Want proof that North Carolina's changing? A black President from Chicago is more popular than a white Governor from New Bern with white Democrats in eastern North Carolina.
Those are the Jessecrats who for years split their tickets, voting Democratic at the state level but Republican for President and often for the Senate, particularly when Jesse Helms was on the ballot.
Now 45% of them approve of Barack Obama's job performance, with 49% disapproving, while just 35% of them approve of Bev Perdue's job performance, with 43% disapproving.
Of course the numbers for both the President and the Governor are pretty mediocre with that group of their party's voters, and that bodes pretty poorly for 2010.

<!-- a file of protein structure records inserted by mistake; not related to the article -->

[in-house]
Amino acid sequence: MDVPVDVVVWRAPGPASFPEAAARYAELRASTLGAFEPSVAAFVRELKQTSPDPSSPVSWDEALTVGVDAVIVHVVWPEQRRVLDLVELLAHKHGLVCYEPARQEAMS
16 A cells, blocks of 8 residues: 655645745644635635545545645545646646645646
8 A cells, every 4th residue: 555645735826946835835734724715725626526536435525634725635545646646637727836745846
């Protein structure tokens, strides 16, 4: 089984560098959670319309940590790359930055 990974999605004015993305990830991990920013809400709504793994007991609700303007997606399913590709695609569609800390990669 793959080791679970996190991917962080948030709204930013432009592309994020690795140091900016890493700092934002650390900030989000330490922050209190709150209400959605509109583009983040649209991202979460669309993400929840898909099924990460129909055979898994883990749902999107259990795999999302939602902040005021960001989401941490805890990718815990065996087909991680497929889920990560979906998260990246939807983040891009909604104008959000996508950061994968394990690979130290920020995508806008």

A full third of them say they plan to vote Republican for the legislature next year, and in a region that saw many Democrats squeak to reelection last fall that has the potential to turn some seats over. And only 41% of them are committed to voting for a Democrat against Richard Burr next year, with 35% undecided, and 24% saying they'll vote for the Republican.
Close North Carolina elections have often swung on the votes of these white Democrats in the eastern part of the state who aren't always loyal to their party. Their power was diminished last year by the incredible spikes in turnout in the urban parts of the state, but if 2010 sees a reversion to more typical NC voting patterns these folks may once again play a pivotal role in determining control of the legislature and Burr's seat. Right now it's somewhere Democrats are going to have to step it up.